Ovarian cancer does have symptoms: here are four to look out for

Most women with this ovarian cancer are presenting at stage three because they are not aware of the danger signs.

Maria McHale writes in The Irish Times about ovarian cancer.  She states that it is especially difficult to package ovarian cancer into a good news story. It used to be commonly referred to as “the silent killer”, but it’s definitely not silent.    ovarian cancer

There are several symptoms but because they are often confused with other illnesses they can mask and delay ovarian cancer diagnosis.

Add in the fact that there is no screening test and it means many women are unaware they have ovarian cancer until it’s too late.

Consultant gynaecologist Dr Grainne Flannelly, who works at St Vincent’s hospital in Dublin, says it’s a tricky disease to communicate about.

“Over 75 per cent of ovarian cancers present at stage three and that figure has not changed for 20 years. There’s no screening test and the vast majority are sporadic cases.”

Ovarian cancer is the fourth most common cancer in women in Ireland. Each year some 350 Irish women are diagnosed and currently the incidence rate is 24 per cent higher than the EU average.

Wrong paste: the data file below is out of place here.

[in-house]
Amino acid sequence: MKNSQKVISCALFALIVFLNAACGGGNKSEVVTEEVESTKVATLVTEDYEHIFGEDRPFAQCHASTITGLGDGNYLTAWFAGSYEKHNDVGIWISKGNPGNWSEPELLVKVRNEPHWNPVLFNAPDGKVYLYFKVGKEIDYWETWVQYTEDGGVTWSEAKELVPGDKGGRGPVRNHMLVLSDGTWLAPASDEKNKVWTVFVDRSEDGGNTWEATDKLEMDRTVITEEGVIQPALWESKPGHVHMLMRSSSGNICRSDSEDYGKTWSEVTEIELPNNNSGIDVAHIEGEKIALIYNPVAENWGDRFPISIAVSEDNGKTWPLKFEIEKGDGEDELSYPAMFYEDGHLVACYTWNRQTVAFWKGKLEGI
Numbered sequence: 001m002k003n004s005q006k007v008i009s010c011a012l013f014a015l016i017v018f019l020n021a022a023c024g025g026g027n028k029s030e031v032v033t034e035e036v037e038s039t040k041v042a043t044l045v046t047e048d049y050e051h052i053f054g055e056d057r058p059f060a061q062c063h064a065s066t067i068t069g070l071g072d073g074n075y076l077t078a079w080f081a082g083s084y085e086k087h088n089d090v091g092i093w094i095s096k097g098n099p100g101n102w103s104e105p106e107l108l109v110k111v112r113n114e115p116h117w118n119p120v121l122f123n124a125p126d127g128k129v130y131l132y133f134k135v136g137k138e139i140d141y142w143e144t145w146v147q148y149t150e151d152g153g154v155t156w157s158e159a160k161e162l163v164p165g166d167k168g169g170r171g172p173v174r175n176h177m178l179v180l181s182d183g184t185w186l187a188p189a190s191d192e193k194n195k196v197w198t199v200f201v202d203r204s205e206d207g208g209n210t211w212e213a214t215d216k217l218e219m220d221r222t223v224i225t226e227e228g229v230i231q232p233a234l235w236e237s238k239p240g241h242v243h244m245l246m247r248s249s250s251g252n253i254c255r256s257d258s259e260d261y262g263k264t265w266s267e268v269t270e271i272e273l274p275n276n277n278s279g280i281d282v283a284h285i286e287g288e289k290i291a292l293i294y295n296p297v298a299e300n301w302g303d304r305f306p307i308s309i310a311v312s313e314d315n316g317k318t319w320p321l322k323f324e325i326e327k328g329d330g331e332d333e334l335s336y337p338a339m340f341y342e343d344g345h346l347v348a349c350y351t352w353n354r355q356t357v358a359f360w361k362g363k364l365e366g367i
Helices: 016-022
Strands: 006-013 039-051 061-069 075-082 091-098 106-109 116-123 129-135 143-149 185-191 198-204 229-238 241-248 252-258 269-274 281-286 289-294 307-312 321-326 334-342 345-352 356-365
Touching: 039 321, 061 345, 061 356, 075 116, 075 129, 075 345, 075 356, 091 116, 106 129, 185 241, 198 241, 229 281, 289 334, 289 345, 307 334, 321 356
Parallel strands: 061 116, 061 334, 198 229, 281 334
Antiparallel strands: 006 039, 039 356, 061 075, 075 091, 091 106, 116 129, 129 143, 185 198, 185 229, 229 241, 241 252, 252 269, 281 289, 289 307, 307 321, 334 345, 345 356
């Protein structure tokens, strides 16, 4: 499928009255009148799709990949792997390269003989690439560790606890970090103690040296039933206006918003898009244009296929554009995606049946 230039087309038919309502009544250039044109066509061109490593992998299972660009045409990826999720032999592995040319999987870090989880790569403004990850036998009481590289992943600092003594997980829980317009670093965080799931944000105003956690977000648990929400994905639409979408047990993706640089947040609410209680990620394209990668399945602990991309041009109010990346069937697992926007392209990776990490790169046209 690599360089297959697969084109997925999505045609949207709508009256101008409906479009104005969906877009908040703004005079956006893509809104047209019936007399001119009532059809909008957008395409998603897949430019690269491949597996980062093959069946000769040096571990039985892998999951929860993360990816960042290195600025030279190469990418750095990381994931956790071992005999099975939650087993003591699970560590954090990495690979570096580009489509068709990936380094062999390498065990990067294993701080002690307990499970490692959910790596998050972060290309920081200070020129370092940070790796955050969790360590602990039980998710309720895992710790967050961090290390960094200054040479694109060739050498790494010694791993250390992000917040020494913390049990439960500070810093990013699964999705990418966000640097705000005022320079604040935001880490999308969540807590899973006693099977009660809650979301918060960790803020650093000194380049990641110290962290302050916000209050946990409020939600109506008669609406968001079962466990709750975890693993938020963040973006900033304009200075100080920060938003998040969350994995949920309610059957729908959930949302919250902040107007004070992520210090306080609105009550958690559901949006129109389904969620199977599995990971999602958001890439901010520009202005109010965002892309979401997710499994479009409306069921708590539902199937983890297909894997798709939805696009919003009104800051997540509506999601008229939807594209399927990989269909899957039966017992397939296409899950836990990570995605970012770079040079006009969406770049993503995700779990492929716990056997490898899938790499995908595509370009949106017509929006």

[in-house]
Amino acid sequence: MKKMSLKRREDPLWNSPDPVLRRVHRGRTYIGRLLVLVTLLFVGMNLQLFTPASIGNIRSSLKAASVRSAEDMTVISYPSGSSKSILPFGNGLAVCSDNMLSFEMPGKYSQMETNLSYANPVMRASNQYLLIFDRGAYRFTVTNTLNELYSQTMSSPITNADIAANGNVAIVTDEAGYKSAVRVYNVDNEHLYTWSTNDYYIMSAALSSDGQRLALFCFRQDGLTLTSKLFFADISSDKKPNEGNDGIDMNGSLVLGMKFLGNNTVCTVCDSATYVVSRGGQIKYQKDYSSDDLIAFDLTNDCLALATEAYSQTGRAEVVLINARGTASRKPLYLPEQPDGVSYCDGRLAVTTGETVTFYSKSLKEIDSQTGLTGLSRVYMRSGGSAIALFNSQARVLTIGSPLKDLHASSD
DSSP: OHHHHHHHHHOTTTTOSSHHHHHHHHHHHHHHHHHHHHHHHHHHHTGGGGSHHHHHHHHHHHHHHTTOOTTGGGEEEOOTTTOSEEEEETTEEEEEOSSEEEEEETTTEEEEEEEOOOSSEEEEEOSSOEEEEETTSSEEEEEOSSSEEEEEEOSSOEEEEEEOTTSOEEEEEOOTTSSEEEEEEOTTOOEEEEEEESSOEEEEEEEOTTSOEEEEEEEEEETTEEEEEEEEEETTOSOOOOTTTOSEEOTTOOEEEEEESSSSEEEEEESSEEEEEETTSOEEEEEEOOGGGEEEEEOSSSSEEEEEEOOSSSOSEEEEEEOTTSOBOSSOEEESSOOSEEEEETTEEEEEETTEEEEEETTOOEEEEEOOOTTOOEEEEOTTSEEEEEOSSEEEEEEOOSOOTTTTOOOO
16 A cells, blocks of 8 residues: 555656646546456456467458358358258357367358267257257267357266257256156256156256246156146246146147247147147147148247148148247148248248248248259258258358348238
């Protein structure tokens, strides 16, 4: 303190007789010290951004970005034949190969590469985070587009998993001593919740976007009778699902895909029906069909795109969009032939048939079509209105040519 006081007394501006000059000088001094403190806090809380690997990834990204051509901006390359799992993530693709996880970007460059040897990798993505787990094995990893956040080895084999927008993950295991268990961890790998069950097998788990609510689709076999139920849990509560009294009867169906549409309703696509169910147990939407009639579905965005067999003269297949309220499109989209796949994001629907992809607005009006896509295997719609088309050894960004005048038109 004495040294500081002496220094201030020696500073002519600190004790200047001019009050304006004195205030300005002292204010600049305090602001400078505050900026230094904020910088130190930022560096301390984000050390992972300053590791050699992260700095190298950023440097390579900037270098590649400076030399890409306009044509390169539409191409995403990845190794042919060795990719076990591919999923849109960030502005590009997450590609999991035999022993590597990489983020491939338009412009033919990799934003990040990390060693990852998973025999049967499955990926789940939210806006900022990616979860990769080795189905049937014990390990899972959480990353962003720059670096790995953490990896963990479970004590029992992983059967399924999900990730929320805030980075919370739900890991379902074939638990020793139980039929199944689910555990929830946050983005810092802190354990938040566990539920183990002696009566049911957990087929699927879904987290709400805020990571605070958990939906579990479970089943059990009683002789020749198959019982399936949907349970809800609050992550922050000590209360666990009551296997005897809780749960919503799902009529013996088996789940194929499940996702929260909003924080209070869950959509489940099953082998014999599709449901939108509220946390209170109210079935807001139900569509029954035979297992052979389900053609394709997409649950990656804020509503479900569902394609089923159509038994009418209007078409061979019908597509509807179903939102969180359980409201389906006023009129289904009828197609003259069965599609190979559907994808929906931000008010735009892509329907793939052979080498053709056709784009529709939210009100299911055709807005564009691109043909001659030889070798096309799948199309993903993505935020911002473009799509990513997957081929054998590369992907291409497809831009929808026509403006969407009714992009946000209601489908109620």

There are a lot of myths around ovarian cancer that need to be dispelled, including the common and most popular misconception: that there are no symptoms.

There are four clear symptoms that all women and GPs should be aware of. At first, these symptoms may seem vague, but the key is in their frequency – do they come and go, or are they persistent?

If you are experiencing persistent bloating, persistent tummy pain, difficulty eating and feeling full quickly, and the need to urinate more frequently on 12 or more days in any given month, then please visit your GP.

Another myth is that a smear test will pick it up – it won’t. Ovarian cancer cannot be detected in this way although surveys suggest many women mistakenly believe this. There currently is no screening tool, which is why it is vital that women know the warning symptoms.

Dr Flannelly suggests the CA125 blood test, which can be used as a marker, is non-specific and may result in false negatives as well as false positives. “CA125 is a chemical found in blood that is sometimes released from ovarian cancer cells. It is known as a tumour marker for ovarian cancer, but not all women with ovarian cancer will have a raised CA125 so that’s why it is not considered a 100 per cent accurate screening tool.” It can be used as a baseline to evaluate, she says.

Thinking you probably just have IBS is another common issue because it’s not unusual for women with ovarian cancer to be diagnosed initially with irritable bowel syndrome (IBS).  If this happens to you and your symptoms persist, go back to your doctor. IBS is incredibly rare in women over 50 – so IBS-type symptoms that develop later in life should be a red flag to your doctor.

The above information is only a small extract from Maria McHale’s article.

 Please read Maria McHale full article here.

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